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Why Hasn’t Mesh Wireless Caught On?

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Why Hasn't Mesh Wireless Caught On?While the idea has yet to catch on with many organizations, wireless mesh networks are becoming increasingly popular, boasting a wide variety of benefits. The previously thought to be impossible dream of connecting entire businesses and communities through reliable and inexpensive outdoor wireless technology is quickly being adopted. But while it’s gaining popularity in some industries and companies, it still has a ways to go before it completely catches on.

For those of you aren’t familiar, wireless mesh networking, multiple access points are able to communicate over wireless interfaces to make one single network. The whole idea of a wireless network revolves around the ability to spread a network connection across a number of wireless nodes. These nodes have the ability to communicate with each other in order establish the fastest possible connection by rerouting signals to bypass any soft of architectural interference. The internet is often used as an example to explain mesh networks. By being the world’s largest mesh network, the internet works by sending information from router to router to deliver data in the most efficient and fast manner.

There are a number of benefits that mesh wireless has over the traditional network. With fewer wires, it costs less to set up the wireless mesh networks. With a mesh network, all of headaches involved with installing fiber and wires between building and business parks are essentially eliminated. Mesh networks are also highly adaptable and expandable, which allows you to add or subtract nodes as needed. These networks are especially helpful in areas where signals can be blocked on occasion. Rather than worry about wires, you can simply add another node for the signal to jump to. Mesh networks are also able to support very high demand over large geographic areas without sacrificing quality.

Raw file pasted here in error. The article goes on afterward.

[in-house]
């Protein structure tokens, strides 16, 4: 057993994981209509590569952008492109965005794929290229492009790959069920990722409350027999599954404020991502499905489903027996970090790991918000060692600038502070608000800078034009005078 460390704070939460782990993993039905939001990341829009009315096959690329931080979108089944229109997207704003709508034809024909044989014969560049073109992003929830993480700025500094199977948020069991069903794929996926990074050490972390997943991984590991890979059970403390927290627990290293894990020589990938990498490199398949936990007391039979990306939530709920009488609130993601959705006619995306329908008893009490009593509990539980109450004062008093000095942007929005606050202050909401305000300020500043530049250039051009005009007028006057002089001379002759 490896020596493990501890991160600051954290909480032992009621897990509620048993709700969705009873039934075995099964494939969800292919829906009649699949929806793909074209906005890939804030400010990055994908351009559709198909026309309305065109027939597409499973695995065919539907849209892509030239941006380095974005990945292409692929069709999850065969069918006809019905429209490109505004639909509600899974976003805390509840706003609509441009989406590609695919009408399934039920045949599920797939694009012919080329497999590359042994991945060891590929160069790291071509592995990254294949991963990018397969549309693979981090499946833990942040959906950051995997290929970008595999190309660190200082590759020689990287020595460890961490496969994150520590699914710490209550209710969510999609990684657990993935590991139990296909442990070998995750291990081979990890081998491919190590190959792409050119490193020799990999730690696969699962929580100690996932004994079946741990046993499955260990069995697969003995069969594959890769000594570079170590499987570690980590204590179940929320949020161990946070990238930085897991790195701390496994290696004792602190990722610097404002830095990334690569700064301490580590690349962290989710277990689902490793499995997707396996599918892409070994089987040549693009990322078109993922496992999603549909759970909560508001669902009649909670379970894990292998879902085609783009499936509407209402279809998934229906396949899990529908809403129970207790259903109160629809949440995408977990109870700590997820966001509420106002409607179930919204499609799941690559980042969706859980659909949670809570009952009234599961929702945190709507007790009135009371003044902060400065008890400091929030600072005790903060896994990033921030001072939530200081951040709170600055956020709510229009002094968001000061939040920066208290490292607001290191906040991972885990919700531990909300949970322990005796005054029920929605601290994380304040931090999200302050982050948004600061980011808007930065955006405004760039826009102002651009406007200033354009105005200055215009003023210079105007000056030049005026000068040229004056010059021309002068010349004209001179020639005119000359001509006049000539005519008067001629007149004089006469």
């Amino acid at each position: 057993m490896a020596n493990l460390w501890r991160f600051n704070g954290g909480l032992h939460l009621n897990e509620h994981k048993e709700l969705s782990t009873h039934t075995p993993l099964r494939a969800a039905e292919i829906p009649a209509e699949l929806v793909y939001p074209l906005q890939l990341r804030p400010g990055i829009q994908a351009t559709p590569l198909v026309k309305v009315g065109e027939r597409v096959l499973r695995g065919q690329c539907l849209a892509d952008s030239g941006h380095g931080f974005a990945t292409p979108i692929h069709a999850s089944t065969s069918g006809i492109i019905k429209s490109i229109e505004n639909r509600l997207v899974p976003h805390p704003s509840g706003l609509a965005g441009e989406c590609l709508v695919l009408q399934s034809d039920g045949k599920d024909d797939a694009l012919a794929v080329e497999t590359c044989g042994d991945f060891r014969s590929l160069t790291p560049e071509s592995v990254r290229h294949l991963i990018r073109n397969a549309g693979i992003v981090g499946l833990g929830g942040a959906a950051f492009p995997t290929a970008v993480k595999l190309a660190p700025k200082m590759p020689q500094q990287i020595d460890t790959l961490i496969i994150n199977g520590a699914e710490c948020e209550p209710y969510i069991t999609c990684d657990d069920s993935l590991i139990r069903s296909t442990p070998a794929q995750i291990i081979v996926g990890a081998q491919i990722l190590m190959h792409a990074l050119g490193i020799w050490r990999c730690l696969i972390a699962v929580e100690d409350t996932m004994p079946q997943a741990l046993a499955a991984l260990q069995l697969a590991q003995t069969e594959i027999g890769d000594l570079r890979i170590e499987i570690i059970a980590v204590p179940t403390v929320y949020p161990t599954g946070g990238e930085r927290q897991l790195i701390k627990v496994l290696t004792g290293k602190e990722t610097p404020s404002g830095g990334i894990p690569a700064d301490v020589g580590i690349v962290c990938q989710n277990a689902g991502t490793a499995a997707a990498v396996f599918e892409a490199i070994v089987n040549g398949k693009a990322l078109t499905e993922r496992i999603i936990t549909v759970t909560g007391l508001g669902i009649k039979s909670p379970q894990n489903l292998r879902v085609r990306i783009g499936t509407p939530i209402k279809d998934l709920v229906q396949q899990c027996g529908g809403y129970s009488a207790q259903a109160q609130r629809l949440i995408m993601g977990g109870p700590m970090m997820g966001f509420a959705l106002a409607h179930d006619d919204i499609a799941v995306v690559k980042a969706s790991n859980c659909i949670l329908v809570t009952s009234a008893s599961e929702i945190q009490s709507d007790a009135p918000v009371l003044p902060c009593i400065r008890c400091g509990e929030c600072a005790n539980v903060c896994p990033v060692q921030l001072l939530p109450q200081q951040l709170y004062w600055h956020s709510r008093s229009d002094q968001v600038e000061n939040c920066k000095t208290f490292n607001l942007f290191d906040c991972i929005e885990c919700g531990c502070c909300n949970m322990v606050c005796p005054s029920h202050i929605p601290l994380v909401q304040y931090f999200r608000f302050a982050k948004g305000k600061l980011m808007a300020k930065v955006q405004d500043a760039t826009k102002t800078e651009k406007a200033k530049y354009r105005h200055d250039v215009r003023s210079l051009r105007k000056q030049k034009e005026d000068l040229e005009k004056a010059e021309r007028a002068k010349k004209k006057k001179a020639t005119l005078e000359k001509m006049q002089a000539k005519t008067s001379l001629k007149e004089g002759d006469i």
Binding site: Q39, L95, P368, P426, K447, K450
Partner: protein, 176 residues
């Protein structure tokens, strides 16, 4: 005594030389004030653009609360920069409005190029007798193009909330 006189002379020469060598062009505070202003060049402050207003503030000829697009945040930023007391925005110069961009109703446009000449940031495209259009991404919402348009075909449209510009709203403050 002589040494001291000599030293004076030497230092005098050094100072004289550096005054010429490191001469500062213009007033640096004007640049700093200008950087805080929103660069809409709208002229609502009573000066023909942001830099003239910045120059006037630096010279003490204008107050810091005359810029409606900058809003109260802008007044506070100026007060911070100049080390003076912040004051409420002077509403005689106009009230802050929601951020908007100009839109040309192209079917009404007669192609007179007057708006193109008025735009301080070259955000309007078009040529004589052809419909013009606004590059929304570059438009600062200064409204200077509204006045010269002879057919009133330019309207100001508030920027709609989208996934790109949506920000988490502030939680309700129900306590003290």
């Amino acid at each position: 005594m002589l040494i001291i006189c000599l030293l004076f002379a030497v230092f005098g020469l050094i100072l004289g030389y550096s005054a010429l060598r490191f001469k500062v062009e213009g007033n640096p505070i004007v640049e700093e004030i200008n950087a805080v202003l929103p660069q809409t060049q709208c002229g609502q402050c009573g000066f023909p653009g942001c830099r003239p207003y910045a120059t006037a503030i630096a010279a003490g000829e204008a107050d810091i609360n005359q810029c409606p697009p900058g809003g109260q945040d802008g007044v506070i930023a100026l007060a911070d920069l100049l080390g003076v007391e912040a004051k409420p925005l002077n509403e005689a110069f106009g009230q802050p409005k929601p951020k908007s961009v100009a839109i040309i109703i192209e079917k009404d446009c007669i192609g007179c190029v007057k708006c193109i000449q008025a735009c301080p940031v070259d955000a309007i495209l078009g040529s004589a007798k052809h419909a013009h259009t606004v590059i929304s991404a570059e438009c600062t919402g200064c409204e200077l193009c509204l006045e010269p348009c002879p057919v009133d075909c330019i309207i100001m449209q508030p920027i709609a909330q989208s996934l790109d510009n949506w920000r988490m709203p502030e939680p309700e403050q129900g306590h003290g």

So these benefits seem pretty great, right? What’s keeping the idea from really catching on? Well, oftentimes, wireless mesh networking involves added bandwidth, since the nodes are constantly exchanging information with each other. In order to function effectively, a node needs to know which of the other nodes are online and which are offline. If mesh networks are going to be as popular as they are exciting, there a few technical issues that need to be addressed first. Many organizations are waiting to see developments that would allow mesh networks to adjust, heal, and optimize itself in real time. In terms of big name developments with mesh technology, Apple  unveiled an update with iOS7 that allows iPhones to create their own miniature mesh networks. Firechat’s Open Garden application essentially does the same thing albeit with desktop devices rather than with mobile devices.

Experts have a number of theories about what they believe is holding back mesh wireless. The most agreed upon ideas seem to revolve around worldwide internet access and government regulation. One theory is that if network congestion and failure become a serious issue, consumers may look to new methods of establishing wireless networks such as mesh as an alternative. This may not happen in the more developed countries, but if governments in developing countries continue to limit internet access, we could begin to see a shift. Aside from this, it seems that the most likely kick start that mesh could get is an application that provides its own miniature mesh network similar to Open Garden or Apple’s iOS update.

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